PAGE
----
- (void)didFinishSettingNotification:(NotificationManagementController *)notificationManagementController;

.m

- (void)sendMessageToDismiss {
    if ([[self delegate] respondsToSelector:@selector(didFinishSettingNotification:)]) {
        [self.delegate didFinishSettingNotification:self];
    }
}

And finally in the delegates .m:

- (void)didFinishSettingNotification:(NotificationManagementController *)notificationManagementController
{
    [self dismissViewControllerAnimated:YES completion:NULL];
}
share|improve this question

1 Answer 1

up vote 0 down vote accepted

You are not getting a leak because you create a new controller and ARC will release this allocation for you.

But, it's better to create a @property for your new view controller. and modify your i.e. implementation like :

@property (nonatomic, strong) ViewController *myViewController;

if (!_myViewController)
    self.myViewController = [[ViewController alloc] init];  

self.myViewController.delegate = self;
[self presentViewController:_myViewController animated:YES completion:nil];

Here, you have a lazy property and you don't create a new one ViewController after the first creation. But, you need to pass your delegate (or any property) outside your test.

Furthermore, if you use your first implementation and add this controller in a subview of the current controller without property, this will work but you will get a leak. I got this experience with the code below :

RootViewController

- (void)viewDidLoad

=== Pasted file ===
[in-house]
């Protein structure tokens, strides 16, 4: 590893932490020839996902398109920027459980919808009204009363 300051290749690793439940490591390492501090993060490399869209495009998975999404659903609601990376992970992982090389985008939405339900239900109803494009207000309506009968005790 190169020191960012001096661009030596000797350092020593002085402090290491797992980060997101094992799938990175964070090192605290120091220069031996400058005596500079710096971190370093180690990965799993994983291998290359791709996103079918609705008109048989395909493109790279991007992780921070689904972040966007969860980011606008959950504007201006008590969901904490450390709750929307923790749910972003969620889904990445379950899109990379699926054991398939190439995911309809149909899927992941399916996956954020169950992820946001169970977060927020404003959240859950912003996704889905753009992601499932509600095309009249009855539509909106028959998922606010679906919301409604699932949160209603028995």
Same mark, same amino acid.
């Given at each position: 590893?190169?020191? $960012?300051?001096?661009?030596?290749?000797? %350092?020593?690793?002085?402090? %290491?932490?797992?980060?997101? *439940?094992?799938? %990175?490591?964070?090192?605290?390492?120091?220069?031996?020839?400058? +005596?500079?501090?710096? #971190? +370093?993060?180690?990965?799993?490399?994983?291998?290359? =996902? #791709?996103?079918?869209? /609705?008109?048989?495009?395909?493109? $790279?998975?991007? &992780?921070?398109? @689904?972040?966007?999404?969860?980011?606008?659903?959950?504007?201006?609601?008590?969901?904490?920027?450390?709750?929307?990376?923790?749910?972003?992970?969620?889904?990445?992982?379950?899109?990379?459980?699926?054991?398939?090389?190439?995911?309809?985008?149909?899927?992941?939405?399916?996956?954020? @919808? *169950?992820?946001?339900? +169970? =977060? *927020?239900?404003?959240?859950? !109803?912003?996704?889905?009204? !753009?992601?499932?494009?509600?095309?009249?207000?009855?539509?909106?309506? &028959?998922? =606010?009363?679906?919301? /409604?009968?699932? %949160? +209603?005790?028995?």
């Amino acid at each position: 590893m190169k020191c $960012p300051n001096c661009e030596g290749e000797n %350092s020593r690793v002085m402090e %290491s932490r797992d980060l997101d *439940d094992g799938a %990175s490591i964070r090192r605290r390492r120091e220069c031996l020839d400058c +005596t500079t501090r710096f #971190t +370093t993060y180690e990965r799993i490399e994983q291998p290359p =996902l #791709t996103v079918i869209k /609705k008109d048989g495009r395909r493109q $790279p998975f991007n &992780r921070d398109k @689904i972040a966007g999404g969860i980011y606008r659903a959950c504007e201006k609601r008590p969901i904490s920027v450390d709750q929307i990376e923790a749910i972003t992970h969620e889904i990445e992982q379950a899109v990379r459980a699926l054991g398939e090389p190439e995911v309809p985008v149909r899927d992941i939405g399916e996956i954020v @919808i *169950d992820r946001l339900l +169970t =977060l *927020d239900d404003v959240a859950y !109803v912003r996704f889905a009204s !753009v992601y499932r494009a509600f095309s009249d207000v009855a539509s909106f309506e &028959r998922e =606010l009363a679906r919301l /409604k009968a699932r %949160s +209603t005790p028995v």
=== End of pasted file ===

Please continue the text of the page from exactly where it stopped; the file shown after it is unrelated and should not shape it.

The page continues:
{
    [super viewDidLoad];

    ViewController *myViewController = [[ViewController alloc] init]; 
    [self.view addSubview:myViewController.view];
}

myViewController will be add on the screen but released immediately without keeping any reference of the object, so if you add an action in 'ViewController`, your application will crash without explanation of XCode.

So, the correct way to write this without leak will be :

- (void)viewDidLoad
{
    [super viewDidLoad];

    if (!_myViewController)
        self.myViewController = [[ViewController alloc] init];

    [self.view addSubview:self.myViewController.view];
}

The answer is a bit longer and can be improved so don't hesitate ! Hope it's going to help some people.

share|improve this answer
    
Ok, however ARC is not releasing as the NSLog in myViewControllers dealloc method is never called/seen in the console. And myViewController is already a property! –  Woodstock Nov 7 '13 at 12:56
    
@Jordan Montel, the author is noob, he doesn't understanding the issue. The problem is on "strong delegate", he is only making that memory leak "once", and thinks that he solved the problem. –  l0gg3r Nov 7 '13 at 13:03
    
@l0gg3r ok but I was trying to explain a future potential leak on his code. I don't understand the downvote ? Downvoter add explanation please ! –  Jordan Montel Nov 7 '13 at 13:09
    
I didn't downvote –  Woodstock Nov 7 '13 at 13:11
1  
I accuse nobody but I don't like when somebody downvote without explanation. I accept downvote with critic :) –  Jordan Montel Nov 7 '13 at 13:12

Your Answer

 
discard

By posting your answer, you agree to the privacy policy and terms of service.

Not the answer you're looking for? Browse other questions tagged or ask your own question.